For WaTasha Barnes, Executive Director of the YWCA of Muncie, United Way is personal.
"As an advocate, community leader, and executive director for a nonprofit supported by United Way, I see firsthand the impact the organization has in our community," said Barnes. "The work United Way does, particularly in social services, is essential. Without the assistance of UWDC, many programs and organizations would be limited in the services that they are able to provide."
In her work, Barnes sees the devastating effects and challenges that homelessness, economic hardship, illiteracy, and health needs present.
"I know that United Way is working diligently to help us address these important issues," said Barnes.
As a member of the 2017 United Way Campaign Executive Committee, Barnes looks forward to the impact UWDC will make on the work that is yet to be done in this community.
"I want to see improvements in the areas of health, education, child literacy, and financial stability for individuals in our community. I know that by giving to United Way, we do more than provide temporary fixes; we will be able to create lasting change in our community. We can do this by bringing people and organizations together, creating innovative solutions, and making a collective impact on thousands of lives every year, right here.”
For Barnes, a Muncie native, giving back has been a way of life. Lessons she learned as a child set her course and nurtured her servant spirit.
"I give because I was taught to growing up," she said. "I remember spending time at the church organizing the food pantry, walking the community and handing out flyers, and listening to my grandmother and Miss Vivian Conley talk about the importance of serving the community, particularly the African American community. I watched my mother go to the nursing home every Tuesday morning to sing to the elderly and to the jail every Tuesday evening to facilitate bible studies with the female inmates. Once I was of age, I accompanied her."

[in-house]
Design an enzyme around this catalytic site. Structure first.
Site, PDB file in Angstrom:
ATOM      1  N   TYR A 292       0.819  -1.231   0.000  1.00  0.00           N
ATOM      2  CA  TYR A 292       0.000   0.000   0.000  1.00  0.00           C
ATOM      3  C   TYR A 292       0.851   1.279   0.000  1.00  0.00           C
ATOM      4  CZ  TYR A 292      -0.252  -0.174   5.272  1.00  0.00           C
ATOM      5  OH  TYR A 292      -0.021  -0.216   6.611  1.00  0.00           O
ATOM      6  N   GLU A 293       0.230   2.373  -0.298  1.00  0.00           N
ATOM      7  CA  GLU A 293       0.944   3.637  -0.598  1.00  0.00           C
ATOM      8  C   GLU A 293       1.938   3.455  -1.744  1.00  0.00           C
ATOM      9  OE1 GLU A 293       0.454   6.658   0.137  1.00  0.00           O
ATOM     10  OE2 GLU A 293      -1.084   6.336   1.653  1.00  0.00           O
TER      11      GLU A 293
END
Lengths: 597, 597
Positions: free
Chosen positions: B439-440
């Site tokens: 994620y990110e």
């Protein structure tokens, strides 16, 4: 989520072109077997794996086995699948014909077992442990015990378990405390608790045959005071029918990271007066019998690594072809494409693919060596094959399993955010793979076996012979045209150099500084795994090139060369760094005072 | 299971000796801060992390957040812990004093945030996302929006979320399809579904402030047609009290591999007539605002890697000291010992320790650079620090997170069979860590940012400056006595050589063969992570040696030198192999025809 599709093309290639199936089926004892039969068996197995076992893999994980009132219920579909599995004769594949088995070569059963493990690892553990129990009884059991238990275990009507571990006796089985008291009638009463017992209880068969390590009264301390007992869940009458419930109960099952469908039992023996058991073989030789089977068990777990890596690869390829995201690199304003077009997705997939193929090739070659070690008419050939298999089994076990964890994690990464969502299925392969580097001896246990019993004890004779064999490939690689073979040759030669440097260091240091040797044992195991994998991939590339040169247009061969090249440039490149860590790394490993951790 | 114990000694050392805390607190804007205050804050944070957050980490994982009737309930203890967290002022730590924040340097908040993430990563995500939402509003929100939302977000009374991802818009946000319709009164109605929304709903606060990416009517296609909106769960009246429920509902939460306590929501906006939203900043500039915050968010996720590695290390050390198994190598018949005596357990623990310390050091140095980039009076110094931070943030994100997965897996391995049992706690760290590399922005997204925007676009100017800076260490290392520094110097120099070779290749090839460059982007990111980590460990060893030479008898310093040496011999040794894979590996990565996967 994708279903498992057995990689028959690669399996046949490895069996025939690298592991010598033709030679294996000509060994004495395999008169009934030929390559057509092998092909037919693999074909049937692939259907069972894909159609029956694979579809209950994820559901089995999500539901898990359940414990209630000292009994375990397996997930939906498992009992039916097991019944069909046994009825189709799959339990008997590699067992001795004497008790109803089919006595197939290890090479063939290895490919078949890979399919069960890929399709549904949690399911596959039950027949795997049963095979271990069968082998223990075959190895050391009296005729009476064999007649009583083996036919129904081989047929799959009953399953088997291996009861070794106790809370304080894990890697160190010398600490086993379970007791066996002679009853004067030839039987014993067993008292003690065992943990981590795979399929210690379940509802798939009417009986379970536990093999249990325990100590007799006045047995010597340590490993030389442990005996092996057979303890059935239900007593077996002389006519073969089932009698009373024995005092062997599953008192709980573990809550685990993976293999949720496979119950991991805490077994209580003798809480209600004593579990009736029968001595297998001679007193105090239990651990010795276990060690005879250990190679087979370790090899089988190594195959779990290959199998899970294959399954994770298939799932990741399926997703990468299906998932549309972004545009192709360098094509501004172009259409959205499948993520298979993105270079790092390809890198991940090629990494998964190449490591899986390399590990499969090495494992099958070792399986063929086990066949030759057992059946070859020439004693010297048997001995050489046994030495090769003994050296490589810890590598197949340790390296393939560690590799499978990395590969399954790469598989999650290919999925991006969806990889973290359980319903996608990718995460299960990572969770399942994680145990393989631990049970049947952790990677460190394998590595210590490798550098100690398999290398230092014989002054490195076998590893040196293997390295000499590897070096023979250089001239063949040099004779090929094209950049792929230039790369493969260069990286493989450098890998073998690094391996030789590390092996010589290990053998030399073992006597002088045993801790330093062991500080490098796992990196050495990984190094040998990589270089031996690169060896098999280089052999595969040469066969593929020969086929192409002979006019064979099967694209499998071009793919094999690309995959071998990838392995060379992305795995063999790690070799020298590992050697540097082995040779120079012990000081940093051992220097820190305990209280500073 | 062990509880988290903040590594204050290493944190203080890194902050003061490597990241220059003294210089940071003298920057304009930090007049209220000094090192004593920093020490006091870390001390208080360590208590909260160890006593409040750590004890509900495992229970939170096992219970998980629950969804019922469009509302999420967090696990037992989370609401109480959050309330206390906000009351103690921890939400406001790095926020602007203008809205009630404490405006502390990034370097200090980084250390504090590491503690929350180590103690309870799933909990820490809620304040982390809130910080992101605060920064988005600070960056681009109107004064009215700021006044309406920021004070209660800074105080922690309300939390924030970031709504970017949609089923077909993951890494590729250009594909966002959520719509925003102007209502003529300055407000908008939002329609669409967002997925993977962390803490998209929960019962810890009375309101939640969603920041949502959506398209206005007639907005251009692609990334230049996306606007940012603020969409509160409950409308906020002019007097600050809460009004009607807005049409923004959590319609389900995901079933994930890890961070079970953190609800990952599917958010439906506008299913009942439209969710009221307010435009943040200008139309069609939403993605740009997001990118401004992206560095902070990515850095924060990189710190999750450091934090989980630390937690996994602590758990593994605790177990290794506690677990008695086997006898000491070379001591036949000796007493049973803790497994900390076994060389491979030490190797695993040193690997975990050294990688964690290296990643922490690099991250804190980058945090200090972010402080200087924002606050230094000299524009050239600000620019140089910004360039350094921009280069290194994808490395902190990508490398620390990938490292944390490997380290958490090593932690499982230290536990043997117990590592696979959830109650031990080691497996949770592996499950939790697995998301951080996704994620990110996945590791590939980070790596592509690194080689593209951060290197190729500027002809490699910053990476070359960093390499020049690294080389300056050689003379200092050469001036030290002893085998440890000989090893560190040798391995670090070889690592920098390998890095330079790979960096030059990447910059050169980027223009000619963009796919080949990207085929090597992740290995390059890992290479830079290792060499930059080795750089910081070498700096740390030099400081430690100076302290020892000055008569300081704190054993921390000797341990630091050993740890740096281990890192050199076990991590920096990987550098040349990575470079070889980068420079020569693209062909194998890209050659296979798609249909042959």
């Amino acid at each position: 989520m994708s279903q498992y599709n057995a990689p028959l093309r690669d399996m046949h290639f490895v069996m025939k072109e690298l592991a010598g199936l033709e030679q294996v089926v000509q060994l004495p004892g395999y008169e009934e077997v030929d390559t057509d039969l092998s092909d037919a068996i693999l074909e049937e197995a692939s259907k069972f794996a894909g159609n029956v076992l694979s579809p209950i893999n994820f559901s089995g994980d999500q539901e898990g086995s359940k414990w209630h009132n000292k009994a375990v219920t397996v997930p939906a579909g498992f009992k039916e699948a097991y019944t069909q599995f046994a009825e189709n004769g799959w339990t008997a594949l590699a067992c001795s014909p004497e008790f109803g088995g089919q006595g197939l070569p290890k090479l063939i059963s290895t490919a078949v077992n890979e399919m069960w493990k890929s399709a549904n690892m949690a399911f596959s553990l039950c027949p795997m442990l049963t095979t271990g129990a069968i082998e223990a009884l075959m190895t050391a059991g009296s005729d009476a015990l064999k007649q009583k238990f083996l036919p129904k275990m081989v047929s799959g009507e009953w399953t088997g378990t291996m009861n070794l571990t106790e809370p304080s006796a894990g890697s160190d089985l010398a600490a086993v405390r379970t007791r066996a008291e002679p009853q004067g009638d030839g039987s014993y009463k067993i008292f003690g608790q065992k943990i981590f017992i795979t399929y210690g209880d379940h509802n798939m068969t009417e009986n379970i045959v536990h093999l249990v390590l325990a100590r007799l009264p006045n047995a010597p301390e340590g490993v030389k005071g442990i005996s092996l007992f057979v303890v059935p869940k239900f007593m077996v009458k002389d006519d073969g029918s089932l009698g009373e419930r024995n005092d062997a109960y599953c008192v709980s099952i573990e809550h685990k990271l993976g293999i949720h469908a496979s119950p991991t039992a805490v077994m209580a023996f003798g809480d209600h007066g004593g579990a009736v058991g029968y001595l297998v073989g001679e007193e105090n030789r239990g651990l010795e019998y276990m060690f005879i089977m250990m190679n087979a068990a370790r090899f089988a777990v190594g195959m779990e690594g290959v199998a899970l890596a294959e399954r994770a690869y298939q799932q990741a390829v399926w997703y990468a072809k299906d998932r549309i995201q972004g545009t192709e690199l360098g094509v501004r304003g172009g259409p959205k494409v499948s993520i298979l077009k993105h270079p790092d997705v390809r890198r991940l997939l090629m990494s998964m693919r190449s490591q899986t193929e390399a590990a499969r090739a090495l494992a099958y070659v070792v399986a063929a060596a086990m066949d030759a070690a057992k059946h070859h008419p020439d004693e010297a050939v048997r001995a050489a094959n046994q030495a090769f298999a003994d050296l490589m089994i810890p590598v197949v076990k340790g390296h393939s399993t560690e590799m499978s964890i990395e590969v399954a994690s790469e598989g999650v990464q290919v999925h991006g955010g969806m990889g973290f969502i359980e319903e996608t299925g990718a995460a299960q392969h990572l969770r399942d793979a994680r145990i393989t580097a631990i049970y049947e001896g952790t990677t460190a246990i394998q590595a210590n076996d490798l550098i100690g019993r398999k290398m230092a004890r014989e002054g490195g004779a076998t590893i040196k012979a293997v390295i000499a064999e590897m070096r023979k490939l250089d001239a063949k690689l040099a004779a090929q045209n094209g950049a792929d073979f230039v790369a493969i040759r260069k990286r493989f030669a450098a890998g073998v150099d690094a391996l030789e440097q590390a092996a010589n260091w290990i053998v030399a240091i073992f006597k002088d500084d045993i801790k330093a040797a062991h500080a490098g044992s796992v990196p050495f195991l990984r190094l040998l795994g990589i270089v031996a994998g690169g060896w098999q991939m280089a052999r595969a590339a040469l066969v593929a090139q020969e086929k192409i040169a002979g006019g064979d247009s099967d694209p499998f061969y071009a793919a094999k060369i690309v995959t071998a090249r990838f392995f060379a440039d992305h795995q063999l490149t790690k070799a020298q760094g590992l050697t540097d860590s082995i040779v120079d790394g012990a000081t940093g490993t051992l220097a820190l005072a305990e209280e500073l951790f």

United Way of Delaware County is dedicated to tackling generational poverty by working to ensure all the county’s third graders are up to standard reading levels by 2024. Out of 240 communities across the country, Delaware County is one of only 15 showing significant progress in meeting that goal.
Barnes says her vision is to see a community with the capacity and resources to serve those who need it most.
"Delaware County is my community; it's the place I call home. I love it here," she said. "This is truly a great community. We support each other, take care of each other, invest our resources to meet community needs, and we care. Placing service above self was instilled in me at a young age, and I still walk in that today.”